The pair of windows in the north wall of the nave represent (on the left) the Risen Christ and (on the right) Mary Magdalene, with verses from the Te Deum (in Latin). They were designed and made by the distinguished firm of Clayton and Bell, and are a memorial to Sir John Hardy Thursby, who died in 1901.

The window in the north wall of the north transept is in poor condition. Its main features are clear. In the lower panel of the left light is one of the scenes in the garden after the resurrection, described in St Matthew's Gospel, (ch.28:2) 'And for fear of him the keepers did shake, and became as dead men'. Next to it, in the lower panel of the right-hand light, are the Risen Christ and Mary Magdalene. Spread across the upper panels of both lights is a group of disciples and followers gazing upwards. Above, in the quatrefoil , is Christ ascending into heaven. Between and below these panels runs the text from St John 's Gospel, (ch.11 :25) ' I am the resurrection and the life: he that believeth in me, though he were dead, yet shall he live'. It is a memorial to Edward Pardoe, who died in 1870. In the east wall of the north transept is a window depicting the Archangel Gabriel, with his attribute, a lily, and the Archangel

Michael, with a spear in his left hand and a shapeless object in his right; this object may represent a soul, since Michael is supposed to weigh the souls of the dead for their merit. A late nineteenth century portraitist, H.T. Bosdet. was the artist, but the maker is not recorded. The window was added to the transept in 1910 in memory of Albert Llewellyn Nugent, 3rd Baron Nugent in the Austrian peerage, Elizabeth, his wife, and George Frederick, his son.

The oldest window in the church and the least pleasing, is in the south transept. In the left-hand light is ' the angel of God' addressing Comelius: 'Thy prayers and thine alms are come up for a memorial before God' (The Acts Ch. I 0:4). On the right is Christ chiding Martha: 'Thou art careful and troubled about many things: but only one thing
is needful: and Mary hath chosen the good part, which shall not be taken away from her ' (Luke 10:41 and 42).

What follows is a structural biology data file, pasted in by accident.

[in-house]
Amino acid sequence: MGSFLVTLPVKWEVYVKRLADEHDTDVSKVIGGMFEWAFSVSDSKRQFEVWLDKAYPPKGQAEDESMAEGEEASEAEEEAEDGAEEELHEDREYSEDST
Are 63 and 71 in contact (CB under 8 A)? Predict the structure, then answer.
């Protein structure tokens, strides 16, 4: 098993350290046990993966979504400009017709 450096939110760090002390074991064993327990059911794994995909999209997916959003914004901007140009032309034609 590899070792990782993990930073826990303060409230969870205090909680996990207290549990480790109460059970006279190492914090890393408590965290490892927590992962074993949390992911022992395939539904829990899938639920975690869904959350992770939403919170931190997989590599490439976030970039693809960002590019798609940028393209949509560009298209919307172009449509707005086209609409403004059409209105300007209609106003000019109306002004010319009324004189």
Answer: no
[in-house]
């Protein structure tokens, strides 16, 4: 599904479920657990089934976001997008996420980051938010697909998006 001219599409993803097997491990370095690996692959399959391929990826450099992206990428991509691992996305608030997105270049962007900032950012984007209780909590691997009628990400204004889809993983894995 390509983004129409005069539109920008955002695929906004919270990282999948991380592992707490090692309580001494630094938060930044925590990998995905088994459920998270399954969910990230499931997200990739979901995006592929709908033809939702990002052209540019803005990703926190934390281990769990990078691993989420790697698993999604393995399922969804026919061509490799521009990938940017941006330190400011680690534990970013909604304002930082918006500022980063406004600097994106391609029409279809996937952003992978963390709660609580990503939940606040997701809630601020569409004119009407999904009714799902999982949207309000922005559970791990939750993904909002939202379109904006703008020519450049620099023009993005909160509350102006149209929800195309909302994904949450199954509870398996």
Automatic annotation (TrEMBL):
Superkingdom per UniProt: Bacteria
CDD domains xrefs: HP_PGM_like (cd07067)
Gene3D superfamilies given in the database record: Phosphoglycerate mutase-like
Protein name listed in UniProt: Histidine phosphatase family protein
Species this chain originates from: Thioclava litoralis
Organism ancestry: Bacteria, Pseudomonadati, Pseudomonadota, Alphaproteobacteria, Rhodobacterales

The south transept window is a Stuart family memorial. It commemorates Captain John Stuart, RN (Lord Stuart de Rothesay 's younger brother) and his wife, Albinia. It was given in 1866, sometime after their deaths, by their son, General Charles Stuart. It also commemorates General Stuart's son, John, who died in infancy. This boy was General Stuart's only child and the so le, sad, representative of a fifth generation of the Stuart family of Highcliffe.

The windows in the south wall of the nave match the two in the north wall. On the left is depicted the parable of the lost sheep: 'And when he hath found it he layeth it on his shoulders, rejoicing' (Luke ch.IS:5). It was given in memory of George Astell Pardoe, second son of Edward Pardoe, killed at the Battle of Ulundi, that brought the Zulu War to an end in 1879. On the right is Ruth 'amid the alien corn', with a paraphrase of part of a verse from the story: 'So she gleaned in the field until even' (Ruth ch.2: 17). This was given in memory of Ellen Mary Lindon, wife of Thomas Angell Lindon, vicar of Highcliffe, who died in 1886.

As part of the re-ordering of the church in 1991, an unremarkable rose window at the west end was replaced with a striking new work by Henry Haig who believes the function of stained glass, in a Christian context, 'is to teach and illumine'. When he designed this window, he had in mind the journey of faith that is the Christian life; and also, the church-going of the faithful that is, in a sense, a journey through the church, week by week or day by day. The Greek letters Alpha and omega, with a chalice that is less easily distinguishable, refer to Christ.

'I am the Alpha and the Omega, the beginning and the end. I will give unto him that is athirst of the fountain of the water of life freely '. (The Revelation ch.21 :6)

Church-goers see the window as they enter and as they leave the building; it marks the beginning and the end of one sort of journey, and it is a reminder of another sort. In church, the faithful receive spiritual sustenance to continue this 'other sort' of journey.

The new porch encloses the new window, so that it is enclosed on both sides. This means that it depends for its best effects on artificial light.© Robert Franklin